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Star Talk

A Conversation I Had with a Friend and the Stars

By Regan ThomsonPublished 5 years ago 2 min read
This is a picture of my bedroom ceiling that I made black and white. 

Once the fire was lit, we sat back on the cold stone, sharing the thin, frayed blanket. We wanted to make s’mores, but we were both too broke to buy any marshmallows.

Despite the fire already blazing, I continued to light the remaining matches. It was a cycle; I’d light one up, hold it a bit too close to my face, stare unblinkingly at the flame in a slightly creepy way, then watch as it moved down the match until it touched my fingertips, scorching the skin until I gently blew it out.

I’m a bit of a pyromaniac. Don’t tell my therapist.

Eventually, he snatched the matchbox from my grip and tossed it to the side. I guess he was fed up with my flame fixation. Grumbling in annoyance, I pulled the blanket closer over my shoulders before picking up the fire poker and prodding the burning logs, content again when the flame suddenly burst bigger with the shifting of the wood.

“Your fascination with fire is kinda troubling,” he mumbled quietly. “Fire’s not something you should play with. It’s like, impossible to control.”

“That’s why I love it, dumbass.”

I saw him glance at me through the corner of my eye. He scoffed and shook his head in indignation, but the smirk on his lips revealed that he thought the crazed behavior was at least a bit endearing.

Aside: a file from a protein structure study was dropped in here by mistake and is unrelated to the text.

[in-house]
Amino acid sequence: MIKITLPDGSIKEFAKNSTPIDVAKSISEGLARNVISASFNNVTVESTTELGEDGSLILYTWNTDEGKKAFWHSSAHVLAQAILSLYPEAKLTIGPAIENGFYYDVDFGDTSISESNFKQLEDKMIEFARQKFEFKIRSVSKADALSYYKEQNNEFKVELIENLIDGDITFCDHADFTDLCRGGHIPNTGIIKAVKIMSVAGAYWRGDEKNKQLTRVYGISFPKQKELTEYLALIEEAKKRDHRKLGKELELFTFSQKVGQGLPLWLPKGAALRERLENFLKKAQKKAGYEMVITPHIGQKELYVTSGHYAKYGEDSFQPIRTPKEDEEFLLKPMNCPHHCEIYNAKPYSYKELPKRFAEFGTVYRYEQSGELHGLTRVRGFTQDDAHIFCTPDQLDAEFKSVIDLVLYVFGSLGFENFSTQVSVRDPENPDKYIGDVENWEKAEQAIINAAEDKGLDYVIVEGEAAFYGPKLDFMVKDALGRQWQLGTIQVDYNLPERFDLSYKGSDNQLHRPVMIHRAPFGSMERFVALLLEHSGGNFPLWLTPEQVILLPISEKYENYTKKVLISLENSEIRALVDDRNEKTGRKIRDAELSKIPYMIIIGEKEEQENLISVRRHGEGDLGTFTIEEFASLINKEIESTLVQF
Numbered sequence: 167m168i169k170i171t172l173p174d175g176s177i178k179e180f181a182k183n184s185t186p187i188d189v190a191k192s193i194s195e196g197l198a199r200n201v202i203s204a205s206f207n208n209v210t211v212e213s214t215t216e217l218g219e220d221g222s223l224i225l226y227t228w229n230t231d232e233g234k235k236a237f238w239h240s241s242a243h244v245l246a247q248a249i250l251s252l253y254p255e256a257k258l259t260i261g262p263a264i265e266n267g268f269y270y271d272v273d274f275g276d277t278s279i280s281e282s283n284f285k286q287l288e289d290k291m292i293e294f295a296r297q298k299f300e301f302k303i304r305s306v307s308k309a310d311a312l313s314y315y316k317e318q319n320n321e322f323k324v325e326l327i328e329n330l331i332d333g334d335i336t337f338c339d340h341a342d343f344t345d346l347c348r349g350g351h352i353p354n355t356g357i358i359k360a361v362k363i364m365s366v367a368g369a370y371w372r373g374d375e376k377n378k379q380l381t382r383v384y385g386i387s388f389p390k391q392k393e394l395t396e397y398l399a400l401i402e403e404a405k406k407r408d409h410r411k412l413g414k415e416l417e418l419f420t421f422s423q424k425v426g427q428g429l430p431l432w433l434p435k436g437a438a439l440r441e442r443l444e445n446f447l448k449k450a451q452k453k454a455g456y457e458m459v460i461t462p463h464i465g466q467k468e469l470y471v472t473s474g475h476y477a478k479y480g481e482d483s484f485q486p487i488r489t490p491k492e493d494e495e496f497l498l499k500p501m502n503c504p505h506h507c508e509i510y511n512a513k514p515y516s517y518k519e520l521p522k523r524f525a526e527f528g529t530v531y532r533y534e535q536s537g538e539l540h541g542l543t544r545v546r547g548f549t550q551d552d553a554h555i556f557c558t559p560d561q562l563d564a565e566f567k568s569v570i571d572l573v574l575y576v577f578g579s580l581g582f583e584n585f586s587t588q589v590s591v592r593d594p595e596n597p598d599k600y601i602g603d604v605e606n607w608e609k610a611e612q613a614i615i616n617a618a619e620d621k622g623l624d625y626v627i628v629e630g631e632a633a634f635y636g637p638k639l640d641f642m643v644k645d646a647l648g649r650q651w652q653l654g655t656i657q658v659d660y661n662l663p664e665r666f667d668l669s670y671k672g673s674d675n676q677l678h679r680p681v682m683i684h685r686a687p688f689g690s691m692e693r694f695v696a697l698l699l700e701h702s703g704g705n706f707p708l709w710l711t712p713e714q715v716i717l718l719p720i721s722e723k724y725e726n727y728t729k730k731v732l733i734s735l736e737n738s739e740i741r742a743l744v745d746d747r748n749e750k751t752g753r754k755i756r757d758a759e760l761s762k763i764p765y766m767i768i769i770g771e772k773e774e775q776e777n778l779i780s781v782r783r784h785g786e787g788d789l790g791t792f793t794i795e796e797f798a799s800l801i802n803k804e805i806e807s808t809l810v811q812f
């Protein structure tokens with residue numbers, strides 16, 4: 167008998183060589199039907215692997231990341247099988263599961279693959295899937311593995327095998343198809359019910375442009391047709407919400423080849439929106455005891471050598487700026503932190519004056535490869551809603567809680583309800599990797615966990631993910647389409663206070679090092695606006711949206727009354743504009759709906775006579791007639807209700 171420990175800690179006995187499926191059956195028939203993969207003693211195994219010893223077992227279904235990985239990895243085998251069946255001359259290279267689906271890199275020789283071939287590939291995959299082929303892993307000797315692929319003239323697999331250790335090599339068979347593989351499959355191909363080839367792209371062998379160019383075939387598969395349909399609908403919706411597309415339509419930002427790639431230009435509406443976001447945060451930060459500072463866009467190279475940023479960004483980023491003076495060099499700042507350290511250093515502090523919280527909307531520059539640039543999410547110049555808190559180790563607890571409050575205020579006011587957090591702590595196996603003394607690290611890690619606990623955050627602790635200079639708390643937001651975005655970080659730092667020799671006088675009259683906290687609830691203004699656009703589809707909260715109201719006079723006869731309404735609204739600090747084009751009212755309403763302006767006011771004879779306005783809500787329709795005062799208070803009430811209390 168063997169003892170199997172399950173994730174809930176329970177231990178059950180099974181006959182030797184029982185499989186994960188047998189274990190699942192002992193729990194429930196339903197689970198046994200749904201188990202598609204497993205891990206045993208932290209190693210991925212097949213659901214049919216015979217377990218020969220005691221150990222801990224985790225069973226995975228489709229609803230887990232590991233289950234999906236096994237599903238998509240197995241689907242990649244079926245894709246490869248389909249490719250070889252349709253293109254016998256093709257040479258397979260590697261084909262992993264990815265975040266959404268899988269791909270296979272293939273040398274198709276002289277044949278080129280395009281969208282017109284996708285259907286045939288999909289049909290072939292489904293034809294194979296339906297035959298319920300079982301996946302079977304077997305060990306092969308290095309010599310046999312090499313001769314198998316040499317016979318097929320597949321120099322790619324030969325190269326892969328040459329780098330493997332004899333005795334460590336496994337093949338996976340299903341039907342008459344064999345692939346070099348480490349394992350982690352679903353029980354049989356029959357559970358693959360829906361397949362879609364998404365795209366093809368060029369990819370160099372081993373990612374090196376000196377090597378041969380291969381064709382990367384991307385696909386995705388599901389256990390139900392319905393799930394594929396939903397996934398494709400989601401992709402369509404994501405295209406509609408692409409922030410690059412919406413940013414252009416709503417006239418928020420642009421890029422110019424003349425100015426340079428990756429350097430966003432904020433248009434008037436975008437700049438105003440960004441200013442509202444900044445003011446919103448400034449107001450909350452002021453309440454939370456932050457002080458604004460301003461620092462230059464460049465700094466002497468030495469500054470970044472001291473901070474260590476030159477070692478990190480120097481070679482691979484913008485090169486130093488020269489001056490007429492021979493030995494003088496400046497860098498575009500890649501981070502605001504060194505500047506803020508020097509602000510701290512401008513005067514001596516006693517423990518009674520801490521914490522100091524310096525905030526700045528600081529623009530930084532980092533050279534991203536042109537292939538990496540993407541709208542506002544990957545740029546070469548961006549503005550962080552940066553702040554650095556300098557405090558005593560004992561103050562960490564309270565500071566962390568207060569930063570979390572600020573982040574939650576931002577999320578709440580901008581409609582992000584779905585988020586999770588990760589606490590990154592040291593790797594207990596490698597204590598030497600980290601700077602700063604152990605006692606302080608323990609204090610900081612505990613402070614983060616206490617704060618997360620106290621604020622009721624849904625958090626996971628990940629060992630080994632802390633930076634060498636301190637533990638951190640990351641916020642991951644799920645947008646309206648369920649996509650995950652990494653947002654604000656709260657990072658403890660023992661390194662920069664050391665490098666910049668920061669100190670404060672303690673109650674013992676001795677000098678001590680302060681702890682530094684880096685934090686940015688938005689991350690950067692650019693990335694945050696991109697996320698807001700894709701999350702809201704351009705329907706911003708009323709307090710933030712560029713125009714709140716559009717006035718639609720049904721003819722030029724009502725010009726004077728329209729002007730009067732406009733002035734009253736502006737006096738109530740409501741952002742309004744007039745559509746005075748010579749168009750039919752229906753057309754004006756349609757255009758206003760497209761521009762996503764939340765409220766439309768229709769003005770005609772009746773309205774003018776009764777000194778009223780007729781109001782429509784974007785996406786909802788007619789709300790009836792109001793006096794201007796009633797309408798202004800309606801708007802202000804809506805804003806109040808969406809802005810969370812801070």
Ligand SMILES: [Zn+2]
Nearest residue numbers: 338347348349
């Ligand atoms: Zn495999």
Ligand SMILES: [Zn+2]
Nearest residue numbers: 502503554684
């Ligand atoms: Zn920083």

“This isn’t some shitty movie where the angsty teen who finds comfort in fire is able to justify her freak obsession by making it seem like some deep metaphor.”

I shoved him.

“Alright well maybe just like the way it looks! I dunno why I like it, I just do. It’s kinda mesmerizing…” I played it up by sticking my hand straight through the flames. It hurt like hell, but it was worth it to see the horrified look on his face.

I cackled. He frowned and violently pulled my half of the blanket away.

We fell back into a comfortable silence and looked back at the fire pit. I gave it another five minutes before compulsively picking up the poker once more. I scratched the pointed end against the logs and watched as tiny glowing sparks flew off and floated into the sky.

“I’m writing a message to the stars,” I muttered.

He yawned and laid down on his back, tossing his arms behind his head to form a makeshift pillow.

“Tell them I say ‘hi’ I guess.”

I scratched more vigorously and watched as the sparks engulfed the sky. The fire was slowly dying but I wasn’t cold. I waited a bit longer. Waited until his guard was down and his eyes were slipping closed.

“Hey… they wrote you back.”

“What'd they say?” he sighed out.

“They told me you’re a loser.”


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